What hath postmodernism wrought? I donít think we know, even yet.

Also at Pulse is Galleri Faurshou, opened by Luise and Jens Faurshou in Copenhagen in 1981 and more recently in Beijing, where the gallery is presenting a show of both new and old works by Robert Rauschenberg, the artistís first major appearance in China since his 1985 "ROCI" exhibition at the National Art Museum of China. "Older Chinese artists still remember that show," said Jens Faurshou.

In the booth is a Pardo-esque installation by the Copenhagen-based artist Erik A. Frandsen, complete with brightly colored plastic floor tiling, wall decorations of large aluminum panels etched with the image of a coke bottle holding a flower, and an abstract neon chandelier the pattern of which was made from sensor readings when the artist was hugging his wife. The panels are $13,000, while the chandelier is $36,000. That "art and design" thing really seems to have legs.

At the booth of Monique Meloche Gallery from Chicago, the artist Rashid Johnson had constructed an impressive altar to "the Crisis of the Negro Intellectual." A large black-and-white photograph of a young man hangs on the wall behind a low table containing several black vases dabbed with gold paint, a gold-painted rock and a spinning, gold-painted ball.

"I imagined W.E.B. Duboisí ĎTalented Tenthí actually becoming a kind of alchemist collective," Johnson explained. "As if Ďidentity politicsí had driven me out of my mind. The altar features a revolving gold ball, after all." He is having his first New York show at Nicole Klagsbrun Gallery in February 2008. The altar is a bargain at $10,000; the accompanying photo is $8,500.

But I was really at Pulse to lend support to Geisai Miami, the art fair presented by Takashi Murakamiís Kaikai Kiki Co. and featuring 20 artists who are presenting their own works in small booths upstairs from the Pulse fair. Since I was on the panel that selected the exhibitors, I was especially glad that the artists all seemed to be enjoying themselves, even if the installation was having some issues with the lighting. Murakami himself was at the opening to the end, bopping to the house music in the courtyard.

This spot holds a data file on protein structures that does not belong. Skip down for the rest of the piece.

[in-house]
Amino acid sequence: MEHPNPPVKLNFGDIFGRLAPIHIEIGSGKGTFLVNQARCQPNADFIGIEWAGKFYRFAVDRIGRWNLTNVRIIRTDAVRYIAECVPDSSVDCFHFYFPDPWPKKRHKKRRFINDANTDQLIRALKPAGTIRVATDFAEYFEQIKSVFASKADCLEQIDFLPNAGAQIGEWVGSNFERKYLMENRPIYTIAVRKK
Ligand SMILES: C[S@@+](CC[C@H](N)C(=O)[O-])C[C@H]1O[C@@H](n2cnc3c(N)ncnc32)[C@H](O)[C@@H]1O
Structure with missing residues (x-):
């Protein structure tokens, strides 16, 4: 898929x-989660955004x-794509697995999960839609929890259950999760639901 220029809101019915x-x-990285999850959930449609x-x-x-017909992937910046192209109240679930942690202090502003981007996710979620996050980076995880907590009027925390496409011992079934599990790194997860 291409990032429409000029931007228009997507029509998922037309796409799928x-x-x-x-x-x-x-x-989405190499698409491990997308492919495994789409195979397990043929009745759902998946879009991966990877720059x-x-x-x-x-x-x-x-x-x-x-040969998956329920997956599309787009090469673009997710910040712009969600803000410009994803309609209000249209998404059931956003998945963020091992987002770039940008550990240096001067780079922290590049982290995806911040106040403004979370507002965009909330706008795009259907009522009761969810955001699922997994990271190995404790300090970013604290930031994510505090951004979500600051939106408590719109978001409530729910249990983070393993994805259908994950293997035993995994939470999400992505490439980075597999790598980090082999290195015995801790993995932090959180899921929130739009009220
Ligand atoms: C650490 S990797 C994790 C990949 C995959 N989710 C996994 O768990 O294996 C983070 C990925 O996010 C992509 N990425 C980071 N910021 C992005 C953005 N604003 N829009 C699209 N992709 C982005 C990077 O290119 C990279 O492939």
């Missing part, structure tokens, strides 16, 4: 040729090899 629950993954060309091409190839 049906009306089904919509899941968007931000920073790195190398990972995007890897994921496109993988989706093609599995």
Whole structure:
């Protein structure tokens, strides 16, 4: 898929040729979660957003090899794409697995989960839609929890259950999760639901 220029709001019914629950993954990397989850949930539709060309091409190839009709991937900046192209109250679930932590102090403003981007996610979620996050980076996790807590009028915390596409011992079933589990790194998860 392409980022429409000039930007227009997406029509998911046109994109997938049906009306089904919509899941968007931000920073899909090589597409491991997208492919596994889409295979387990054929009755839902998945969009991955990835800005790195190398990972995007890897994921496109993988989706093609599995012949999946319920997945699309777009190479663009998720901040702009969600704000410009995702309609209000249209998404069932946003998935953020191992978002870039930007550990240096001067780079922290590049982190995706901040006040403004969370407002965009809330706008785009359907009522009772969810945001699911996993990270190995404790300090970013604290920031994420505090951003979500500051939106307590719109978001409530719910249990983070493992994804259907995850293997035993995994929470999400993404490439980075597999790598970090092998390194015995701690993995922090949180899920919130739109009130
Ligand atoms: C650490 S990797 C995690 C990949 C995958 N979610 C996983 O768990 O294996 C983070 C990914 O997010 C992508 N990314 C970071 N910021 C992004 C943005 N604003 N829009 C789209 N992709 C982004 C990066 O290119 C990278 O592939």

At this point I turned control of our itinerary over to Macu Moran, a persuasive 30-year-old woman from Madrid who works for Artnet, and off we went to the Moore Building in Miamiís Design District in search of an installation by the Mexican-born artist Carlos Amorales. It turned out to be a large, irregularly shaped room with a bar at one end, and Amorales -- who has had two exhibitions at Yvon Lambert in New York -- had covered its walls with butterflies made of black construction paper, a work called Black Cloud (2007).

More to my liking was the video in an adjacent room, a clashing montage of silhouettes of birds, skeletons and images of faces metamorphoses rapidly to an abstract musical soundtrack. This installation is $45,000, I was told. "He has a very avid collector base."

Waiting around for the rest of my party to reappear after a bathroom break, I was forced to look at a show called "French Kissiní," also in the Moore Space, and kind of liked a film of black powder explosions running backward, done against a black background so that theyíre very origin-of-the-universe. It is by an artist named Loris Greaud, also represented by Yvon Lambert, and titled Illusion Is a Revolutionary Weapon (2007).

Our next and blessedly final stop was Galerie Emmanuel Perrotin, a two-story complex in the Wynwood Arts District, where a party was well under way, complete with dancing in the garden out back. The bars had only tequila left, so things were getting lively. In the gallery are small photographs by the New York artist Peter Coffin of blobs of Silly Putty with pictures on them, which does something -- Iím not quite sure what -- with postmodernist "picture theory." Theyíre a modest $800 each, though a minimum of five photos must be purchased -- several are marked with red dots already.

Sometimes itís all about the fliers. When youíre in the news business, both strangers and friends approach to press upon you an invite card. In the street, a guy gave me an announcement for something called A.N.E.W. Museum, located at 35 NE 40th Street in the Design District.

The irrepressible Juan Puntes of White Box in New York handed me an invitation to something he organized with Ethan Cohen called the "Unfair Ď07" at a place called ArtHaus Miami at 1616 Drexel Avenue in Miami Beach. "Itís not Eurotrash, itís Euroasiantrash," he said, not completely seriously.

Los Angeles dealer Daniel Hug, holding a glass of pure tequila, outlined for me the lineup of the next Art L.A., Jan. 24-27, 2008, for which he has been "consulting." The fair promises to bring 64 hip galleries (Fontana, Fuentes, GBE, Ishii, Koyama, Nagel, Painter, Perrotin, Regan Projects, Spaulings) to the Santa Monica Civic Auditorium Theater "just to have a good time and not to deal with the wretched market." Wretched in this case because it is so powerful.

And, last but not least, someone put a flyer under my windshield wiper. It has a cross and reads, "I ainít gonna ask ya."

WALTER ROBINSON is editor of Artnet Magazine.